By 2030, increase the directory of available and locally sourced food to meet an increased demand, and ensure local food sourced is efficiently streamlined through distribution channels--chefs, businesses, entrepreneurs, farms, and grocers.
Local food is distributed through a variety of markets, including farmer’s markets, direct sales to restaurants, wholesale distribution to supermarkets, co-ops and institutional purchasing such as through schools. Actions to improve distribution channels of local food in Hawai‘i include increased marketing to visitors and building further networking and learning opportunities between local chefs, businesses, food entrepreneurs and farms in order to smooth inconsistencies in supply and demand. In addition, increased availability of locally produced food and groceries in supermarkets is important for consumers.
Farmer’s Markets & Community-Supported Agriculture (CSA)
Farmer’s markets are prevalent across the state and are an opportunity for local growers to sell the food they produce. Additionally, community-supported agriculture (CSA) can ensure that there is a demand for the local food being produced on a weekly basis. The venue and consistency of supply and demand both contributes to the goal of doubling local food production and consumption, and can reduce food’s carbon footprint as there is minimal shipping and handling and food is fresher without the travel time from overseas.
Currently, there are 90 farmer’s markets and CSAs in Hawai‘i that residents have access to. The interactive map below includes name and location of farmer’s markets and CSAs across Hawai‘i and is based on a compiled list from state and county sources such as the Department of Agriculture and community websites. This map provides a snapshot based on available data, and may not be comprehensive. Kindly email firstname.lastname@example.org to provide any additional information.
Figure 1: The map above indicates the number and location of farmer’s markets and CSAs per county (Source: Organic Hawaii).
The USDA also houses a directory of farm vendors selling agricultural products directly to consumers at a reoccurring physical location. This Local Food Directory can be applied statewide in addition to states on the U.S. Mainland.
Farmer’s markets are widely dispersed across the Hawaiian Islands. Farmers who have worked hard to produce quality, local goods present food to customers that understand the importance of buying local and supporting local farmers. Supplemental Nutrition Assistance Programs (SNAP) or Temporary Assistance for Needy Families (TANF) benefits spent at farmer’s markets is on an increasing trend. This could point to the advocacy of investing in programs like this that allows people to access local, healthy, and fresh food more readily.
Agricultural products are widely distributed across the island. According to the National Agricultural Statistics Services (NASS), as of February 2018, about 661,347 were sold. This metric includes crops, livestock, poultry and their products.
Figure 2: The map above highlights a directory on where to find local food, and how to prepare and store it (source: SheGrowsFood).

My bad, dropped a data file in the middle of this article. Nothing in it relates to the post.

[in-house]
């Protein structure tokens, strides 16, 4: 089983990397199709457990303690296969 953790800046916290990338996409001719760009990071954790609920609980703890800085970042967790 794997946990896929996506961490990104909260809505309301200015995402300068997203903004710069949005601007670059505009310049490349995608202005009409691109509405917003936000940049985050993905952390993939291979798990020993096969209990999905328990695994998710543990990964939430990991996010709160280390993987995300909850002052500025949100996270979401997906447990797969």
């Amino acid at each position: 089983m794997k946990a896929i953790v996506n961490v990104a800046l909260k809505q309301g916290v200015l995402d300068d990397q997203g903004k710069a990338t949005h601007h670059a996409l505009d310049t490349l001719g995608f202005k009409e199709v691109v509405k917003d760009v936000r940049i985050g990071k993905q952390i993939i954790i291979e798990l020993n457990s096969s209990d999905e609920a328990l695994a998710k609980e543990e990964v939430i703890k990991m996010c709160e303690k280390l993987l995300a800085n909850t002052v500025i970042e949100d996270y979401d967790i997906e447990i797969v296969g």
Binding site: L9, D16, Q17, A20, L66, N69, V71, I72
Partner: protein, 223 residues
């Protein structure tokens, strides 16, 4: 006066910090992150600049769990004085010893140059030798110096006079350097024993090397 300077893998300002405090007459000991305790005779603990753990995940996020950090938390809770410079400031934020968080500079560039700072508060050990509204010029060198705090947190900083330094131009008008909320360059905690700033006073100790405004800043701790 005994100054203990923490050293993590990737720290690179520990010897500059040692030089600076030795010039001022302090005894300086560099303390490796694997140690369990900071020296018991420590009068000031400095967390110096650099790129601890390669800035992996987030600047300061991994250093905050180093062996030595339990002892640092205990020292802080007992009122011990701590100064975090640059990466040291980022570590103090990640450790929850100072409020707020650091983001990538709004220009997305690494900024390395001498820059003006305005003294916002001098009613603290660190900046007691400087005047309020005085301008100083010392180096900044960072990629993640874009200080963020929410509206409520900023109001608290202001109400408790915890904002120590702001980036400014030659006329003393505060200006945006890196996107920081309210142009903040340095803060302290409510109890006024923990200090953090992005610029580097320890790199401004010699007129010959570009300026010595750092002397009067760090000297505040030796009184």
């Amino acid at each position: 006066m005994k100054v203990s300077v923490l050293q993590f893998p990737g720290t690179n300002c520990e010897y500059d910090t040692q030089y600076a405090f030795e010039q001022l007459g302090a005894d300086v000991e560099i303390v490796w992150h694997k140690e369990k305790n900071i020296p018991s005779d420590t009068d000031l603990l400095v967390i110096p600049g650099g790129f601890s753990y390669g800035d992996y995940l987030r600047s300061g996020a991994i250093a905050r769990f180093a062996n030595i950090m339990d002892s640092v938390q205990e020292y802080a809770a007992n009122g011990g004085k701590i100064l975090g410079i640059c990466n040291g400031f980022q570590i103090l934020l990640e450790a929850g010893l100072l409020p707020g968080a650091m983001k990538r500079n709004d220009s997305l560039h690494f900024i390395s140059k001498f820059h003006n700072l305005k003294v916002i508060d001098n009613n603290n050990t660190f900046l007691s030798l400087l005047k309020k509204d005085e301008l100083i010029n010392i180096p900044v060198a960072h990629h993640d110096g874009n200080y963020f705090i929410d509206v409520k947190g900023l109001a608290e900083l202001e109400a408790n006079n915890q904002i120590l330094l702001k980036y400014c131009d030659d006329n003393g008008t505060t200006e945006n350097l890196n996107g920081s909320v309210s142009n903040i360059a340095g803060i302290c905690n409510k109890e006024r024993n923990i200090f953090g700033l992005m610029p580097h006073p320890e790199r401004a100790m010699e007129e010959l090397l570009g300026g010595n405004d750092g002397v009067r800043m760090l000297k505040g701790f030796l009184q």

Farm-to-School (F2S) Program
In 2015, Hawai‘i established a Statewide Farm to School Program (F2S) in the Department of Agriculture to positively influence keiki’s relationship with their food and the `āina (that which feeds us) and improve the health of children through the support of school gardens, health and nutrition education, agriculture, and the State’s procurement of locally grown foods. (Act 218 (SLH 2015). Farm to School Program activities include: growing school gardens, purchasing & serving locally grown food, cooking and taste-testing of locally grown food, conduction student filed trips to farms/orchards/ranches, engaging in agricultural production & marketing and exploring agricultural career options. Metrics related to F2S are available through the USDA 2015 F2S Census for Hawai‘i i, but are being refined to more accurately represent progress in F2S. According to the survey, in 2015, 47% of Hawai‘i School Districts reported participating in farm to school activities.
Based on a new USDA/ NASS survey, this indicator shows the quantity of sales and monetary value farms and roadside stands bring to local vendors and direct sales to consumers. This metric will be updated every five years through the Local Food Marketing Practices Survey of NASS.
Food hubs such as Oahu Fresh specialize in aggregating, storing, processing, distributing, and marketing Hawai’i-grown products from households to restaurants and hotels.
Figure 3: Oahu Fresh model for food hub.
What You Can Do
- Learn where your fish comes from by tracing your fish through Local I‘a's QR code at local vendors or learn more on their website: http://localiahawaii.com/
Learn More and Make a Difference
- View Hawai‘i Department of Agriculture’s farmer’s market listings: http://hdoa.hawaii.gov/add/md/farmers-market-listings/
- The Local Food Directory helps locate farmer’s markets, on-farm markets, CSAs, and food hubs: https://www.ams.usda.gov/services/local-regional/food-directories
- Supplemental Nutrition Assistance Programs (SNAP) provides economic benefits to eligible, low-income individuals and families for food purchases: https://snaped.fns.usda.gov/state-snap-ed-contacts/hawaii
- Fishcoin--An emerging blockchain-based traceability innovation that allows independent industry stakeholders to harness the power of blockchain using a shared protocol so that data can be trusted, transparent, and secure . To learn more, watch this short video that explains the intention behind data transparency in the fishing industry.